- Supports the work of the Internal Auditor; [i.e. Robert McCoy] condemns, without prejudice to the outcome of the proceedings initiated by the Internal Auditor under Article 24 of the Staff Regulations, the official obstruction to which the Financial Controller/Internal Auditor and his staff have been subjected by the administration of the Committee of the Regions in the course of the exercise of their duties under the Financial Regulation; praises the Internal Auditor and his staff for their serious and repeated (but ultimately unsuccessful) attempts at convincing the administration and the Bureau of the Committee of the Regions of the need to take remedial action; recognises that in the absence of the protection normally afforded to officials who report wrongdoing, the Internal Auditor was right to take his concerns directly to the European Parliament and should not suffer any adverse consequences as a result;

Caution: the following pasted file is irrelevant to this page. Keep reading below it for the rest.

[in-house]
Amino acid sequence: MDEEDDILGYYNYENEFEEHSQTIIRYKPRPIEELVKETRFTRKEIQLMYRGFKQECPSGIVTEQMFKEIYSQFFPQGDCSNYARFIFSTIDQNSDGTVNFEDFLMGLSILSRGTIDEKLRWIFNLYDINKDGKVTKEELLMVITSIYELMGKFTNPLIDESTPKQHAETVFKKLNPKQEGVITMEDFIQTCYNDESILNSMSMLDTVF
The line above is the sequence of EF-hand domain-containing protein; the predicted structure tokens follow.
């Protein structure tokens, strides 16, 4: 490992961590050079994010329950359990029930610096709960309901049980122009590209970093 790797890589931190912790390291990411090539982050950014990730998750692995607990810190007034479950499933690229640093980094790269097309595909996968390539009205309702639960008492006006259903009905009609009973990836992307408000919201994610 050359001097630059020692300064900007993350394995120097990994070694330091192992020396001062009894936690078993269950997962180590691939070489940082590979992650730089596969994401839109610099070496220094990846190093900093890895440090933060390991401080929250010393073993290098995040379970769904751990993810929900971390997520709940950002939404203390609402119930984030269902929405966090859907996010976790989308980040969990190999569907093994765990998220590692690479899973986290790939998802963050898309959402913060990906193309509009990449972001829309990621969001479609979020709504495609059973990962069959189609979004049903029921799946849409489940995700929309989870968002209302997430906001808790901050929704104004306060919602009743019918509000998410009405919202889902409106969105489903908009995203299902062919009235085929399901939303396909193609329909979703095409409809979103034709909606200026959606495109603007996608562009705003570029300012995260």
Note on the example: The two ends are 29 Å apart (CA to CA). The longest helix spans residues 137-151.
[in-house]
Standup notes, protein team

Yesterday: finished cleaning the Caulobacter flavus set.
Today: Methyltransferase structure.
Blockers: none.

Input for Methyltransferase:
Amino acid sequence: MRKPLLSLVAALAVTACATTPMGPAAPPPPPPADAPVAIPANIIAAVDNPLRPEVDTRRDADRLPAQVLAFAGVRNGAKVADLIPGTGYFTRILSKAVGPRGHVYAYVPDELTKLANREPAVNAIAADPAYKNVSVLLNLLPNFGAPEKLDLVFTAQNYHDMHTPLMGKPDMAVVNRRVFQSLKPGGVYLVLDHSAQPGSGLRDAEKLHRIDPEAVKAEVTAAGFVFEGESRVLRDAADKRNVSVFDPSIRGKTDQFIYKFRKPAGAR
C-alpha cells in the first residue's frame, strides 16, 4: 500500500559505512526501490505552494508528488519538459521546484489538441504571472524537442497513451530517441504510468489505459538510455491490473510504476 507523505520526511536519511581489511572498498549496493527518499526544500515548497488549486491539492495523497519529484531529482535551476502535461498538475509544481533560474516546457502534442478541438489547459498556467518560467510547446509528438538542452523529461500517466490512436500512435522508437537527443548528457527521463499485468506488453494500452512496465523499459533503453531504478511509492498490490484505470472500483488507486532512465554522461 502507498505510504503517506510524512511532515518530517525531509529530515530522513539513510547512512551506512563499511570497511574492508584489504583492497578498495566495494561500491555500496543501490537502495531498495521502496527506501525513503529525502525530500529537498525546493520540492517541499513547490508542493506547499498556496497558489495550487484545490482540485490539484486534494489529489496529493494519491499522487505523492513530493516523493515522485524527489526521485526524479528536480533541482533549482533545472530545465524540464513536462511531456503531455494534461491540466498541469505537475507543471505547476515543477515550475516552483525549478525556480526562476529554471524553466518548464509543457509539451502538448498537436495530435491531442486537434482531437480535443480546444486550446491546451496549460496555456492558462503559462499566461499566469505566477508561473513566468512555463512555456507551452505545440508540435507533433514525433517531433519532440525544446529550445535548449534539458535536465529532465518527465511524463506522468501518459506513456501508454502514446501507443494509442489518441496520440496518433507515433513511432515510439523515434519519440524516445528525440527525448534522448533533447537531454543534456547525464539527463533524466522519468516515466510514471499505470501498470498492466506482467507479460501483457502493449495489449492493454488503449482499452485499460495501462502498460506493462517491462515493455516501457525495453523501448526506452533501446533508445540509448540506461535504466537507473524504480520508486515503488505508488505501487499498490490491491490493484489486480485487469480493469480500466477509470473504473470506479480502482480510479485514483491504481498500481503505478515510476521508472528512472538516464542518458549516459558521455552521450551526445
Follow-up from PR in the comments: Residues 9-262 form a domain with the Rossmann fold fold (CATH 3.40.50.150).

So appalling was the treatment that he was subjected to that he was forced to take time out, and was treated for Post-Traumatic Stress Disorder. Hardly surprising, in the circumstances.
But the Committee for the Regions took no notice of the European Parliament’s findings, or its requirement for an apology, and its harassment continued. There was some press treatment at the time. For example, on 22nd July 2004 The Sun reported on the affair, identifying not only Jos Chabert’s frauds, but also naming Jacques Blanc – also a former President – who had, for example, made a claim for attending a “plenary session” in Brussels in June 2001 when a bit of enquiry showed that he was actually in Marseilles at the time. Not a good look.
In 2010, the Committee of the Regions refused to acknowledge that the stress to Robert McCoy’s health arose from his mistreatment. Robert McCoy complained to the Civil Service Tribunal, and on 7th May 2013, the Civil Service Tribunal delivered its verdict in his favour: